To keep myself abreast of the latest advancements in physics, I use resources from societies like Institute of Astronomy, Harvard Smithsonian Center for Astrophysics, Royal Astronomical Society and The Stephen Hawking Centre for Theoretical Cosmology. I eagerly attend weekly seminars organized by Maxwell Society and CANES at King s and particularly enjoy presentations on inflationary paradigms, dark energy, and gravitational waves. I have participated in Telescope Sessions for Students organized by Professor Malcolm Fairbairn at King s and I have also had the privilege of watching the live streaming of the announcement of detection of gravitational waves by LIGO detectors in February 2016 which was organized by King s Theoretical Particle Physics and Cosmology Group. Award-winning books on cosmology like The Edge of the Sky: All you need to know about the All-There-Is authored by Imperial College London s Dr. Roberto Trotta and Wrinkles in Time authored by the Nobel laureate physicist Professor George Smoot along with physics-based space simulator software like Universe Sandbox rendered me brimming with inquisitiveness and compelled me to pursue graduate study in this field. A recent article published on 16th October 2017 by The Astrophysical Journal Letters piqued my curiosity, ushering a new era of astronomy by proclaiming the first ever multimessenger observation of a neutron-star merger. These findings, along with other monumental contemporary breakthroughs like detailed maps of the early universe by WMAP experimental team, have convinced me to envision myself working in a research institute and playing my part in defining this new epoch of astronomy.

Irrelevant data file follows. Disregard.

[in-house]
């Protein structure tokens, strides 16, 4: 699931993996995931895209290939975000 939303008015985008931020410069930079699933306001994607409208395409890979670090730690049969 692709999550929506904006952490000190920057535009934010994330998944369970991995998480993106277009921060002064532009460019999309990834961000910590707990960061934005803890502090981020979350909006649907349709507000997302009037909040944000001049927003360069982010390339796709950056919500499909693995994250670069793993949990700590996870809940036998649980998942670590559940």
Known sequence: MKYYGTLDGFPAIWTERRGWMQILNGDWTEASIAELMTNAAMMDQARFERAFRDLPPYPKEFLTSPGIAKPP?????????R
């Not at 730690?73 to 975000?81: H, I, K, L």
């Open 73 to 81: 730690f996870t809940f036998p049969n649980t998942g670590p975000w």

To recapitulate, I am unshakeable in my conviction that the Mathematical Institute and Department of Physics at the University of Oxford are distinctly pertinent to achieving my ambitions. I trust that this particular course is resoundingly apropos to my career goals as it promises to establish a robust mathematical chassis upon which the fabric of physics can be elegantly furnished. With a cutting-edge faculty hosting interdisciplinary research and top-notch scientific facilities like Radcliffe Science Library, Whitehead Library, Clarendon Laboratory, STFC s Rutherford Appleton Laboratory, the Culham Centre for Fusion Energy, Beecroft Institute for Particle Astrophysics and Cosmology (BIPAC), and Oxford Centre for Astrophysical Surveys, the department harbours dynamic world-leading research and an extraordinary tradition of scientific breakthroughs going back to Sir Martin Ryle , Stephen Hawking, Edmund Halley, Edwin Hubble, and others. The department s involvement in current projects like C-Band All Sky Survey (C-BASS), ACTPol, The Cosmic Background Imager (CBI), LHCb, LUX-ZEPLIN, Sudbury Neutrino Observatory, and SDSS-4 precisely align with my interests and are instrumental in reinforcing my commitment to study at University of Oxford. Specialized graduate courses like Beyond the Standard Model and Astroparticle Physics and Quantum Field Theory in Curved Space-Time offered by the department are particularly tantalizing and would afford me quantum leaps in advancing my research endeavors. Moreover, the perquisite of studying in a competitive environment alongside world s most intellectual student body which resonates well with my own rigorous way of learning would serve as an additional amplifying factor in impelling me to pursue my goals and would enable me to serve as an avant-garde contributor to this field.